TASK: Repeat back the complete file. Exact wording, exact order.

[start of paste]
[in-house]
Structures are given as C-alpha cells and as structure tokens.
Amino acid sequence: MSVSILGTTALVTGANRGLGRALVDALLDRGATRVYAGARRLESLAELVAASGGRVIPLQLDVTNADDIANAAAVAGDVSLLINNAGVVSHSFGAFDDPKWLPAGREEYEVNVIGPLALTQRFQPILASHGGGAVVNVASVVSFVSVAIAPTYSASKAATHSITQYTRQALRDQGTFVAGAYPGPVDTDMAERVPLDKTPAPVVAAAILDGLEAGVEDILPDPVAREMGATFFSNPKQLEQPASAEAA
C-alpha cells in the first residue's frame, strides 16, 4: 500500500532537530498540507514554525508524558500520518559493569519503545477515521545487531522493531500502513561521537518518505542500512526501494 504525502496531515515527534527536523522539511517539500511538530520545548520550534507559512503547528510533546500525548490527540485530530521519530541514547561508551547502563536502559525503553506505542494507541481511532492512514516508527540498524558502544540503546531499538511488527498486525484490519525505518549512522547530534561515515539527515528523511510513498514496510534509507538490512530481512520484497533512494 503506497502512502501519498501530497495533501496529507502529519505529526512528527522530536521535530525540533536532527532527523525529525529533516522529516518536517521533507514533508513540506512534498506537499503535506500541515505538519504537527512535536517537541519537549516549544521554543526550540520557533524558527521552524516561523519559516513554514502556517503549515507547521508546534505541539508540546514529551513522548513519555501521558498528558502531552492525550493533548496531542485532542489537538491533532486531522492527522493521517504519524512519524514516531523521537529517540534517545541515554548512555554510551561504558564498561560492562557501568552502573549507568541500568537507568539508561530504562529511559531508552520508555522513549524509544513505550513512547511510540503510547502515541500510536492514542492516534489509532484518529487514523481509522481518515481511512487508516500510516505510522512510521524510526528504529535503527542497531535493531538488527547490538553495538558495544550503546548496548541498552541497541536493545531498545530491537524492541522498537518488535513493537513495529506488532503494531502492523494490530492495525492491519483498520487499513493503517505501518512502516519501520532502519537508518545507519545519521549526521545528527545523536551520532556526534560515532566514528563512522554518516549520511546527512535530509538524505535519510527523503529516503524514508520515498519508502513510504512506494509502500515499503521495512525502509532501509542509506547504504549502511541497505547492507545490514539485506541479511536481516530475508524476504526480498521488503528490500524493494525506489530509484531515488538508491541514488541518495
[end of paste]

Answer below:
[in-house]
Structures are given as C-alpha cells and as structure tokens.
Amino acid sequence: MSVSILGTTALVTGANRGLGRALVDALLDRGATRVYAGARRLESLAELVAASGGRVIPLQLDVTNADDIANAAAVAGDVSLLINNAGVVSHSFGAFDDPKWLPAGREEYEVNVIGPLALTQRFQPILASHGGGAVVNVASVVSFVSVAIAPTYSASKAATHSITQYTRQALRDQGTFVAGAYPGPVDTDMAERVPLDKTPAPVVAAAILDGLEAGVEDILPDPVAREMGATFFSNPKQLEQPASAEAA
C-alpha cells in the first residue's frame, strides 16, 4: 500500500532537530498540507514554525508524558500520518559493569519503545477515521545487531522493531500502513561521537518518505542500512526501494 504525502496531515515527534527536523522539511517539500511538530520545548520550534507559512503547528510533546500525548490527540485530530521519530541514547561508551547502563536502559525503553506505542494507541481511532492512514516508527540498524558502544540503546531499538511488527498486525484490519525505518549512522547530534561515515539527515528523511510513498514496510534509507538490512530481512520484497533512494 503506497502512502501519498501530497495533501496529507502529519505529526512528527522530536521535530525540533536532527532527523525529525529533516522529516518536517521533507514533508513540506512534498506537499503535506500541515505538519504537527512535536517537541519537549516549544521554543526550540520557533524558527521552524516561523519559516513554514502556517503549515507547521508546534505541539508540546514529551513522548513519555501521558498528558502531552492525550493533548496531542485532542489537538491533532486531522492527522493521517504519524512519524514516531523521537529517540534517545541515554548512555554510551561504558564498561560492562557501568552502573549507568541500568537507568539508561530504562529511559531508552520508555522513549524509544513505550513512547511510540503510547502515541500510536492514542492516534489509532484518529487514523481509522481518515481511512487508516500510516505510522512510521524510526528504529535503527542497531535493531538488527547490538553495538558495544550503546548496548541498552541497541536493545531498545530491537524492541522498537518488535513493537513495529506488532503494531502492523494490530492495525492491519483498520487499513493503517505501518512502516519501520532502519537508518545507519545519521549526521545528527545523536551520532556526534560515532566514528563512522554518516549520511546527512535530509538524505535519510527523503529516503524514508520515498519508502513510504512506494509502500515499503521495512525502509532501509542509506547504504549502511541497505547492507545490514539485506541479511536481516530475508524476504526480498521488503528490500524493494525506489530509484531515488538508491541514488541518495